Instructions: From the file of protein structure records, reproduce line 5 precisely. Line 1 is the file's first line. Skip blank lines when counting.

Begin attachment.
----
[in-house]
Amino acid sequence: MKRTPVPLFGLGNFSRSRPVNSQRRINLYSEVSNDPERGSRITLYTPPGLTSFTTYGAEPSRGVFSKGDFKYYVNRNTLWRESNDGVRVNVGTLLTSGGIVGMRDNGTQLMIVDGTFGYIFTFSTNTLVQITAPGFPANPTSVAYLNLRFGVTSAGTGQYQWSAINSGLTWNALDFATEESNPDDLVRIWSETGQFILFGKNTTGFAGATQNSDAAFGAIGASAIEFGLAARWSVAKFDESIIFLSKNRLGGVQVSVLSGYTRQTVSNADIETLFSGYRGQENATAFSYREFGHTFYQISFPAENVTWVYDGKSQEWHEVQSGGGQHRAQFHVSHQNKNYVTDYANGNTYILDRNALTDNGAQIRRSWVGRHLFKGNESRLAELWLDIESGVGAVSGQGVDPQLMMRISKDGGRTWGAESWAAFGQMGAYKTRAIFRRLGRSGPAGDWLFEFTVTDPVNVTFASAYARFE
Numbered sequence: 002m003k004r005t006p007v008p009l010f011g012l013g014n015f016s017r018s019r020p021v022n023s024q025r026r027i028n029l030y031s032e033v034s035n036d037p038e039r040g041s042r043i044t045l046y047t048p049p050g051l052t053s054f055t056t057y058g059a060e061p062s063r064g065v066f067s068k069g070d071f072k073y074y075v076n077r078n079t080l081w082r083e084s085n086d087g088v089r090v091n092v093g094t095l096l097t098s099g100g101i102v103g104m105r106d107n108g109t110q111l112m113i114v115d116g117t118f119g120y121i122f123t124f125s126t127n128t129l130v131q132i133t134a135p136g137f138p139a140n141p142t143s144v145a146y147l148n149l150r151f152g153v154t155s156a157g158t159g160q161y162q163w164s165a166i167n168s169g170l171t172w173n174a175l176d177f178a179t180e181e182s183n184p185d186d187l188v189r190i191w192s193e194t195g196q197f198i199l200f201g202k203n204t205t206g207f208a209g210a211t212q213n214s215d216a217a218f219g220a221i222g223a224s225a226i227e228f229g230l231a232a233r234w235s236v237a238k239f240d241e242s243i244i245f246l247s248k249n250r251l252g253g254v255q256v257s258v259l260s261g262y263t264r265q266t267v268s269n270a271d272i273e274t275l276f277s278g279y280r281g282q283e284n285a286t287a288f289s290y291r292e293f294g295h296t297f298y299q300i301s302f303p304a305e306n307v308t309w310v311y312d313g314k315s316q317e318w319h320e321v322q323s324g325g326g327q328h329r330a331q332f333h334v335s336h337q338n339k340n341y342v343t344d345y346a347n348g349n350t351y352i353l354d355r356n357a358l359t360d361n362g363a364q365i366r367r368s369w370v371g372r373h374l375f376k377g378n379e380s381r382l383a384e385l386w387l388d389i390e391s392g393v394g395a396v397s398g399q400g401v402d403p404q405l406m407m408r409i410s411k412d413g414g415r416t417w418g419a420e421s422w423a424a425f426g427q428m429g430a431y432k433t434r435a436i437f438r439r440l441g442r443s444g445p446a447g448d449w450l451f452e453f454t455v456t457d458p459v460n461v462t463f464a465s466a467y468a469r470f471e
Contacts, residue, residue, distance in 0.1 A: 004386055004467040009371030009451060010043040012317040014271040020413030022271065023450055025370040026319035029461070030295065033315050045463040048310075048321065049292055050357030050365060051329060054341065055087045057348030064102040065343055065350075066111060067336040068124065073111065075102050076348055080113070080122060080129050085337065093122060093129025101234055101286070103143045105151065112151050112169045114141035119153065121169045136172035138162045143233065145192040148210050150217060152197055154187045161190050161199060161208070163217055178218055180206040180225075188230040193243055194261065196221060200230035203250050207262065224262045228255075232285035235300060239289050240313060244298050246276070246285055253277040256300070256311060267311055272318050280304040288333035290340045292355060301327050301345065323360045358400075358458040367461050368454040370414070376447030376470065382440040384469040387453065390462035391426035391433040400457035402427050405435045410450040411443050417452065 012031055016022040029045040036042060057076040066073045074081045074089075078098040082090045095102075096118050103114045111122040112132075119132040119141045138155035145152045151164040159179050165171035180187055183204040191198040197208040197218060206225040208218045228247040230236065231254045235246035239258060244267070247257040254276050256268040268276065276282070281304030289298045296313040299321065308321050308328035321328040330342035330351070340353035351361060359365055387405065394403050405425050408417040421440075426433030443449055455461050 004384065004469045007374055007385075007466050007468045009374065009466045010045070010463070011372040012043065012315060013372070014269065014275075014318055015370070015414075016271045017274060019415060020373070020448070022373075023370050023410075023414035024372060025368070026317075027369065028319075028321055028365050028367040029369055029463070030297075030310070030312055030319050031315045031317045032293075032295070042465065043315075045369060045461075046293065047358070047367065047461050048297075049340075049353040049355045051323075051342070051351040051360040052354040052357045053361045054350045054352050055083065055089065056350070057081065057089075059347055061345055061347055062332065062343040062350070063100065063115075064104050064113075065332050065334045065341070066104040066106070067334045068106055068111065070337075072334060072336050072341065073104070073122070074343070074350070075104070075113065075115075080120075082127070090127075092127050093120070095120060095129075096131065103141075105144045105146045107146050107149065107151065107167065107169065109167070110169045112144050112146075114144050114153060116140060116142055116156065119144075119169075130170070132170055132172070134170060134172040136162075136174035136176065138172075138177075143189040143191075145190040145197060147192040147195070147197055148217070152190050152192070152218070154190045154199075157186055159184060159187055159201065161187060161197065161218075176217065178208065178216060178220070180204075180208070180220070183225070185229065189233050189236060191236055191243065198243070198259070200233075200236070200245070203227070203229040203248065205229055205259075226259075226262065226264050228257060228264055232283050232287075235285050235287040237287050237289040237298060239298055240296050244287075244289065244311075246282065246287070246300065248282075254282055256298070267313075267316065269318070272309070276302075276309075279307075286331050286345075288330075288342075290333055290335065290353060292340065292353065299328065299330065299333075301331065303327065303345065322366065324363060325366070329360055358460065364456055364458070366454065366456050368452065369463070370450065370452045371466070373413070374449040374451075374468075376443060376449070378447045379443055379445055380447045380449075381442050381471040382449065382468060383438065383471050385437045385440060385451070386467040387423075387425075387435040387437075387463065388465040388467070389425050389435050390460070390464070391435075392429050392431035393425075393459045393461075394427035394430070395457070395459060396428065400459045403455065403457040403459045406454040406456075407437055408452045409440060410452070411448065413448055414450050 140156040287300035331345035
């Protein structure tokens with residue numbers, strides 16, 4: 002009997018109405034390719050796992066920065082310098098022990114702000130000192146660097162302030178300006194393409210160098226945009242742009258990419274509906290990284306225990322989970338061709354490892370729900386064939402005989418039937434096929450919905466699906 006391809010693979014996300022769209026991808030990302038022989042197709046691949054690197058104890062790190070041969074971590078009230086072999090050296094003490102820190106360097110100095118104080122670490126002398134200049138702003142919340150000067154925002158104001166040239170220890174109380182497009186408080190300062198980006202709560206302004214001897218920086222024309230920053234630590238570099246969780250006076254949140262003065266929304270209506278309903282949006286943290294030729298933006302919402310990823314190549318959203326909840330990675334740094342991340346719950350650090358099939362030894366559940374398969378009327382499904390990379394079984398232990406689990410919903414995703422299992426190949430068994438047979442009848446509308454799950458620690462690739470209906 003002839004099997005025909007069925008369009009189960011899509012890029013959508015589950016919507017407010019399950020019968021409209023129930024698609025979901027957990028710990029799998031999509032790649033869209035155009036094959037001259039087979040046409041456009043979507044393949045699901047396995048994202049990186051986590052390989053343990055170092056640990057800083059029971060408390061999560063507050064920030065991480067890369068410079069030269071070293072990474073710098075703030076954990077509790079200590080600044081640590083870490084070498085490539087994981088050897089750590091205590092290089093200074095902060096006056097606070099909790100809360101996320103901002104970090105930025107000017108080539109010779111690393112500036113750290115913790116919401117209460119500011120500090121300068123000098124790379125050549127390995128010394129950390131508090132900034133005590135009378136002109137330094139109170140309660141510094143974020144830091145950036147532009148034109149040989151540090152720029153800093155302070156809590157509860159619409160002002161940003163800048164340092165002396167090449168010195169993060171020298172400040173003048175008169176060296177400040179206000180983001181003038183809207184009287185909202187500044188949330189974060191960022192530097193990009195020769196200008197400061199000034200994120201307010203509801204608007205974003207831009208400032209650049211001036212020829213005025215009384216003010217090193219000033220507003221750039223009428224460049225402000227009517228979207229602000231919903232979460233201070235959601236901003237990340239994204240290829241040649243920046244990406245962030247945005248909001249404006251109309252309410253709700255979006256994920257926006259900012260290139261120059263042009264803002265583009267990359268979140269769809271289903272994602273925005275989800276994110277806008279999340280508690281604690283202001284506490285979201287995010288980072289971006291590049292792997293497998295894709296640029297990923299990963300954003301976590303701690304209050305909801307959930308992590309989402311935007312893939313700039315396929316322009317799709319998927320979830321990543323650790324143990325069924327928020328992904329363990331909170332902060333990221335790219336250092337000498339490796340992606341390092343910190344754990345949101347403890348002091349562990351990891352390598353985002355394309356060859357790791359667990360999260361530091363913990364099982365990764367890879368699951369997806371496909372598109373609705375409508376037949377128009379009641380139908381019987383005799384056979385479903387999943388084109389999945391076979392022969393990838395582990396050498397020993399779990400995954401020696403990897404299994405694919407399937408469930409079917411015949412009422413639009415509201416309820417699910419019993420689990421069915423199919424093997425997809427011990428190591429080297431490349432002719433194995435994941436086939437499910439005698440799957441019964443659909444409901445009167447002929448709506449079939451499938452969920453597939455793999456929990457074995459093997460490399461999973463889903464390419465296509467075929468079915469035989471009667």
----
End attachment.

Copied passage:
């Protein structure tokens with residue numbers, strides 16, 4: 002009997018109405034390719050796992066920065082310098098022990114702000130000192146660097162302030178300006194393409210160098226945009242742009258990419274509906290990284306225990322989970338061709354490892370729900386064939402005989418039937434096929450919905466699906 006391809010693979014996300022769209026991808030990302038022989042197709046691949054690197058104890062790190070041969074971590078009230086072999090050296094003490102820190106360097110100095118104080122670490126002398134200049138702003142919340150000067154925002158104001166040239170220890174109380182497009186408080190300062198980006202709560206302004214001897218920086222024309230920053234630590238570099246969780250006076254949140262003065266929304270209506278309903282949006286943290294030729298933006302919402310990823314190549318959203326909840330990675334740094342991340346719950350650090358099939362030894366559940374398969378009327382499904390990379394079984398232990406689990410919903414995703422299992426190949430068994438047979442009848446509308454799950458620690462690739470209906 003002839004099997005025909007069925008369009009189960011899509012890029013959508015589950016919507017407010019399950020019968021409209023129930024698609025979901027957990028710990029799998031999509032790649033869209035155009036094959037001259039087979040046409041456009043979507044393949045699901047396995048994202049990186051986590052390989053343990055170092056640990057800083059029971060408390061999560063507050064920030065991480067890369068410079069030269071070293072990474073710098075703030076954990077509790079200590080600044081640590083870490084070498085490539087994981088050897089750590091205590092290089093200074095902060096006056097606070099909790100809360101996320103901002104970090105930025107000017108080539109010779111690393112500036113750290115913790116919401117209460119500011120500090121300068123000098124790379125050549127390995128010394129950390131508090132900034133005590135009378136002109137330094139109170140309660141510094143974020144830091145950036147532009148034109149040989151540090152720029153800093155302070156809590157509860159619409160002002161940003163800048164340092165002396167090449168010195169993060171020298172400040173003048175008169176060296177400040179206000180983001181003038183809207184009287185909202187500044188949330189974060191960022192530097193990009195020769196200008197400061199000034200994120201307010203509801204608007205974003207831009208400032209650049211001036212020829213005025215009384216003010217090193219000033220507003221750039223009428224460049225402000227009517228979207229602000231919903232979460233201070235959601236901003237990340239994204240290829241040649243920046244990406245962030247945005248909001249404006251109309252309410253709700255979006256994920257926006259900012260290139261120059263042009264803002265583009267990359268979140269769809271289903272994602273925005275989800276994110277806008279999340280508690281604690283202001284506490285979201287995010288980072289971006291590049292792997293497998295894709296640029297990923299990963300954003301976590303701690304209050305909801307959930308992590309989402311935007312893939313700039315396929316322009317799709319998927320979830321990543323650790324143990325069924327928020328992904329363990331909170332902060333990221335790219336250092337000498339490796340992606341390092343910190344754990345949101347403890348002091349562990351990891352390598353985002355394309356060859357790791359667990360999260361530091363913990364099982365990764367890879368699951369997806371496909372598109373609705375409508376037949377128009379009641380139908381019987383005799384056979385479903387999943388084109389999945391076979392022969393990838395582990396050498397020993399779990400995954401020696403990897404299994405694919407399937408469930409079917411015949412009422413639009415509201416309820417699910419019993420689990421069915423199919424093997425997809427011990428190591429080297431490349432002719433194995435994941436086939437499910439005698440799957441019964443659909444409901445009167447002929448709506449079939451499938452969920453597939455793999456929990457074995459093997460490399461999973463889903464390419465296509467075929468079915469035989471009667």